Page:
So, what banks immediately need is the capital for provisioning as well as growth if the banks are to be allowed to remain afloat. This time relaxing the NPA asset classification norms for select sectors won’t help.  

Precisely, the impact on the banks and financial institutions would be more dreadful ever witnessed by the financial sector and the central bank (RBI) has to move out of the traditional routes and roll out tailor-made solutions to avert what Moody’s call ‘economic tsunami’.

From a credit perspective, the regulator should quickly take measures to identify most affected sectors to understand how it can be most supportive to plagued economy.

At the same time, the banks should be encouraged to get proactively engaged with clients to understand their situation, segmenting portfolios based on expected needs, developing an internal view of where support measures will be the most effective, and adjusting risk-mitigation actions for early delinquencies and for nonperforming exposures. Supporting clients in these critical times will deepen customer relationships.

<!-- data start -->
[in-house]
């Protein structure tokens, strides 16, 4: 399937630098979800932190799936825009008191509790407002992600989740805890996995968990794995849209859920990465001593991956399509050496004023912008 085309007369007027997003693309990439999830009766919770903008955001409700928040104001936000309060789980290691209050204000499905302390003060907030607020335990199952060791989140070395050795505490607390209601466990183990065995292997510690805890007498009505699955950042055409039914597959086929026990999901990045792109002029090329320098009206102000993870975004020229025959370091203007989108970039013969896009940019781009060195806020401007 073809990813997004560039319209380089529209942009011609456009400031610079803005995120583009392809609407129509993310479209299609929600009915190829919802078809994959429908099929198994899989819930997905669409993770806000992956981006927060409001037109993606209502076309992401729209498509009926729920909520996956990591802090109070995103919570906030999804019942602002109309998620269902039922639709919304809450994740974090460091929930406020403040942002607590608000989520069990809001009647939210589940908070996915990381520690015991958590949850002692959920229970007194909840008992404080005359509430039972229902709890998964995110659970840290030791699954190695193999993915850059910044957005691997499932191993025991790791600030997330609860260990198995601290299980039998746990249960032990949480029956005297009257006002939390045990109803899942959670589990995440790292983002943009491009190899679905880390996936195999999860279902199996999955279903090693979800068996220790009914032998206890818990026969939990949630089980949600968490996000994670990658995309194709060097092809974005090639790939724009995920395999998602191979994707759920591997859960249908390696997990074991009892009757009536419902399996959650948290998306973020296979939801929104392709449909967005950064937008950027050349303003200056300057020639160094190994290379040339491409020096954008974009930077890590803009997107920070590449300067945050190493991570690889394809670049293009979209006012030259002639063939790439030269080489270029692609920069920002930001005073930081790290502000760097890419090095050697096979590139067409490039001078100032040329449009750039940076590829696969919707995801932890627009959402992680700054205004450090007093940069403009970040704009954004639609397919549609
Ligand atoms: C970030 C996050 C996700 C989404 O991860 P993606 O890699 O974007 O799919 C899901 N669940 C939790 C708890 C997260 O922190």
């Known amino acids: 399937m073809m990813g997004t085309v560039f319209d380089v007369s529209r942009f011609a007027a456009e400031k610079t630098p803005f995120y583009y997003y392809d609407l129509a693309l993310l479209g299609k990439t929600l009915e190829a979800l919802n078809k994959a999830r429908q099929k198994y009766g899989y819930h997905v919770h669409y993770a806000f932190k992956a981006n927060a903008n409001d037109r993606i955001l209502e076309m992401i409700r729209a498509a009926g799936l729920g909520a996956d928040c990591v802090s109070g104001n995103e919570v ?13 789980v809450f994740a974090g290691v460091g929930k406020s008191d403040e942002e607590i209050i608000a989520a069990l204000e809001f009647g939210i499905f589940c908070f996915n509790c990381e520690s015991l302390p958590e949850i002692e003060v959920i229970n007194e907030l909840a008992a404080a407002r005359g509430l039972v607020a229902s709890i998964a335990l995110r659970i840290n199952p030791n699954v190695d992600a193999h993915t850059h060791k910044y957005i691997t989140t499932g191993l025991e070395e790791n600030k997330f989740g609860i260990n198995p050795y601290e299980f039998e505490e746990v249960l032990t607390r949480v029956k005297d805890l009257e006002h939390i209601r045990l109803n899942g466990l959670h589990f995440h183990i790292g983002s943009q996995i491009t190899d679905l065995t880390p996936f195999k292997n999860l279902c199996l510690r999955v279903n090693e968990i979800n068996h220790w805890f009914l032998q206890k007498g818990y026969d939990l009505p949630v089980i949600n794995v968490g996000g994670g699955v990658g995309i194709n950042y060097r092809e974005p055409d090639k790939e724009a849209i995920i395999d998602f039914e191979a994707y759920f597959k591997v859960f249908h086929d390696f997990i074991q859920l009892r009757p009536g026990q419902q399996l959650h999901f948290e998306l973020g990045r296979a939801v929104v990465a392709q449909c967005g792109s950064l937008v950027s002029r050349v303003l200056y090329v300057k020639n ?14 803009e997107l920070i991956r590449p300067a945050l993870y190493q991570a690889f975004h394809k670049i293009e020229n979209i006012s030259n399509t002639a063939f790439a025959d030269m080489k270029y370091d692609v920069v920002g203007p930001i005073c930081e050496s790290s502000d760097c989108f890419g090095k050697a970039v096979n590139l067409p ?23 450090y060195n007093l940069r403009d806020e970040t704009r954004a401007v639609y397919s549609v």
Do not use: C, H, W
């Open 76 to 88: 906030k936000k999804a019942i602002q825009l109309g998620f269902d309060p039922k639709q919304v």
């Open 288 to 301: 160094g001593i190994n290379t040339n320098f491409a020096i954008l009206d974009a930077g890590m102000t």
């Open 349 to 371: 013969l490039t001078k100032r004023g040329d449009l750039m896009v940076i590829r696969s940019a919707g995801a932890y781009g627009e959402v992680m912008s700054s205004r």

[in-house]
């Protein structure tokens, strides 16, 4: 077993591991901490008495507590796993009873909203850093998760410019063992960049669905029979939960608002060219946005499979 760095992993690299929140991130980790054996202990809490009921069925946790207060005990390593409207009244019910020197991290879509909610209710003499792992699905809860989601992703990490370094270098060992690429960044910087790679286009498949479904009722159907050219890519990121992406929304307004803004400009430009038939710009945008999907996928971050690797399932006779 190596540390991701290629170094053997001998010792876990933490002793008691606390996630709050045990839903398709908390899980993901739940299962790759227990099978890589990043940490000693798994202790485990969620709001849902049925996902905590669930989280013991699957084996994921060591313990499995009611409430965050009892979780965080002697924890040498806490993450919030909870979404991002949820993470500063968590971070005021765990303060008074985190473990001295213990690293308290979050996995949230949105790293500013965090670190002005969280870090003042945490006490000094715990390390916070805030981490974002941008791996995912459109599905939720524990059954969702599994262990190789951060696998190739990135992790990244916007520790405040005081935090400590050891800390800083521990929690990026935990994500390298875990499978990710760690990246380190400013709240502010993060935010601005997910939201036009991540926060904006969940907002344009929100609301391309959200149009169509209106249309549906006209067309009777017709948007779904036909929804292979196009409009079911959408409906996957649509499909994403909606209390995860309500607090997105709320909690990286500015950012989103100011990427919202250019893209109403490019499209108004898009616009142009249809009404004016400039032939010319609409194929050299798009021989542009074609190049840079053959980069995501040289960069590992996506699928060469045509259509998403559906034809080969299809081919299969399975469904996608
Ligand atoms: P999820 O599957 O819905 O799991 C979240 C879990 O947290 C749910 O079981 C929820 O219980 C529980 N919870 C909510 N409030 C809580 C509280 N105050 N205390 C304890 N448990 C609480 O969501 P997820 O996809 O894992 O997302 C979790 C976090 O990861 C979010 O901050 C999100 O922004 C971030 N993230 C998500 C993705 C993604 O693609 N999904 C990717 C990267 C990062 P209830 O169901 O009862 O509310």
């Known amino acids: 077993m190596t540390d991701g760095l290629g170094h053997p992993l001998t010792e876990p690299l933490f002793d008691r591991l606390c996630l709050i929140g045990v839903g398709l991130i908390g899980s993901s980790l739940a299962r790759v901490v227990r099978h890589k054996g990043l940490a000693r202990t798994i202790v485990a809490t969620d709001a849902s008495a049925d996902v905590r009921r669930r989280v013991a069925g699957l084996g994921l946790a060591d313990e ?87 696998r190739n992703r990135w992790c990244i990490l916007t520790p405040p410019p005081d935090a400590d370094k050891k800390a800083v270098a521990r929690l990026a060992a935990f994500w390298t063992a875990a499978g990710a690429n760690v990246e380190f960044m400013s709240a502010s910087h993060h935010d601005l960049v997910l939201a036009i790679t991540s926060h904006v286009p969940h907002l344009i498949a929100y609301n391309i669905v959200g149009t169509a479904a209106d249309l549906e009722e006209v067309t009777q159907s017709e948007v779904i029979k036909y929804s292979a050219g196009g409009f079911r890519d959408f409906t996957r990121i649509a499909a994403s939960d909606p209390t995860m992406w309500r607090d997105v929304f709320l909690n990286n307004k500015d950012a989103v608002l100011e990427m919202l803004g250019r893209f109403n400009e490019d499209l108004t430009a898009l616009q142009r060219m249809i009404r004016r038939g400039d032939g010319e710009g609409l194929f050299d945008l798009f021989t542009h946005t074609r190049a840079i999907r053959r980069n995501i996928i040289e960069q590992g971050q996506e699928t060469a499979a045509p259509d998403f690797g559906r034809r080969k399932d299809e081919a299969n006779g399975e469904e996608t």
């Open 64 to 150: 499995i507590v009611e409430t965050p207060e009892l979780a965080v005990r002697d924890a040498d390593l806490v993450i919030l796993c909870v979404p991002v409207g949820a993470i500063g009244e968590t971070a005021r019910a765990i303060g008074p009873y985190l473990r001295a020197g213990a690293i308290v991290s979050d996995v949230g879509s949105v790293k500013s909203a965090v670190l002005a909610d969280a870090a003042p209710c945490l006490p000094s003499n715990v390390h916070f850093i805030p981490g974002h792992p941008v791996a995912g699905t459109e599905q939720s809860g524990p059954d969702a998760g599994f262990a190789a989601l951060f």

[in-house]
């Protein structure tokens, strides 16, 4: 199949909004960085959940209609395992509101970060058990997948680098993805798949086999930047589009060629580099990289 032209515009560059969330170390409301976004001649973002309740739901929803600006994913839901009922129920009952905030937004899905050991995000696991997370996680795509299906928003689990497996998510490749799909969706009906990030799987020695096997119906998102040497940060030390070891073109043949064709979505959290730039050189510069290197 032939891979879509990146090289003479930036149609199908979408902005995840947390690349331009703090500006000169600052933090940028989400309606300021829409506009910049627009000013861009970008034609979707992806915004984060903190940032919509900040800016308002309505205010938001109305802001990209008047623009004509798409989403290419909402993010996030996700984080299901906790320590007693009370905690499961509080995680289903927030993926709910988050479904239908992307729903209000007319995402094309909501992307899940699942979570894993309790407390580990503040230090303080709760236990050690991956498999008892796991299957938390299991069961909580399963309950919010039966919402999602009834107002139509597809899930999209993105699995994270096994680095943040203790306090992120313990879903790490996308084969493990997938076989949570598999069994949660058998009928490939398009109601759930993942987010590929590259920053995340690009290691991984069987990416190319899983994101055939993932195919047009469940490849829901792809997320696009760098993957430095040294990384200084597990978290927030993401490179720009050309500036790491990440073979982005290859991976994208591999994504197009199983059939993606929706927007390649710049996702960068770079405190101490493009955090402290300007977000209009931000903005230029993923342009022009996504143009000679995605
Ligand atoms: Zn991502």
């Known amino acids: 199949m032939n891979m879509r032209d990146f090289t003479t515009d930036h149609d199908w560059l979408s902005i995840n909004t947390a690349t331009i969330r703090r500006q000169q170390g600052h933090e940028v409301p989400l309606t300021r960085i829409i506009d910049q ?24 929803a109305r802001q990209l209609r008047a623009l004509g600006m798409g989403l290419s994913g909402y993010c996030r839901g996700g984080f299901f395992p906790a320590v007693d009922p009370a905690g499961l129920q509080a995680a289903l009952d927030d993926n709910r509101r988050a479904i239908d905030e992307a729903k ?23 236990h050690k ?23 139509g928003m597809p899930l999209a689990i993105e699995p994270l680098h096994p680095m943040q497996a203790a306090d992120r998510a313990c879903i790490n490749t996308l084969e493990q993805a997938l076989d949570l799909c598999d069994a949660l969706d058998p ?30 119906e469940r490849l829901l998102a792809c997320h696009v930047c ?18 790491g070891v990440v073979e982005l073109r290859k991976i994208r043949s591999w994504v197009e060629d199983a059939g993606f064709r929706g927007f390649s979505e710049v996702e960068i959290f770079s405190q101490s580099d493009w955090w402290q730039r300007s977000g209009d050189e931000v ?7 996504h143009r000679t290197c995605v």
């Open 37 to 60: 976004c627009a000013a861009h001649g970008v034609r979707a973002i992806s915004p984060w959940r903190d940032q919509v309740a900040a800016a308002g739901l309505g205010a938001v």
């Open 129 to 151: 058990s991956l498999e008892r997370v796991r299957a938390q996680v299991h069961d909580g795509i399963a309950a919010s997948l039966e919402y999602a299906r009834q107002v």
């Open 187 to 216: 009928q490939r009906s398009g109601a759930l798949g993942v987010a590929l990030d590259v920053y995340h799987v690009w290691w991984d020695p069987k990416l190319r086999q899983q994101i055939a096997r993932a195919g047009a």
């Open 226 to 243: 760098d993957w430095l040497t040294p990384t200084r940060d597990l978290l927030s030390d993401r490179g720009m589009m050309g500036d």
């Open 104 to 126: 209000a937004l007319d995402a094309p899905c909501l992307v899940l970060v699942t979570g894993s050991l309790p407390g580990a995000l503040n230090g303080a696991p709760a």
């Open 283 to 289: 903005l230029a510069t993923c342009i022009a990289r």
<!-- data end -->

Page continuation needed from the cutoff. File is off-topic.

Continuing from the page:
There would be people in distress who have been rendered jobless. The stress will be especially acute for those who are already in debt. These individuals will likely need further support from banks to support day-to-day liquidity needs through credit.

Among businesses, the impact will vary significantly by sector and by company. It seems quite likely at this point that travel and tourism, entertainment, automotive, oil and gas, and healthcare industries will be most affected due to disruptions in supply and demand.

Within these sectors, smaller businesses, such as those that cannot shift to remote work and online delivery and those catering to the most vulnerable segments, are likely to be more affected.

Meanwhile, focused programmes aimed at the MSME sector are imperative. The regulator should consider easier lending policies, lower interest rates, deferred taxes and fees and additional funds for MSMEs to help them stay in business to the extent possible and above take extraordinary measures to ensure job security to the workers already employed.

In succinct, the regulators and the government have to understand the challenge and offer out of box, rather out of way support to the banks. This way we can fight the economic battle unleashed by the health emergency created by coronavirus pandemic.

(The views are of the author & not the institution he works for)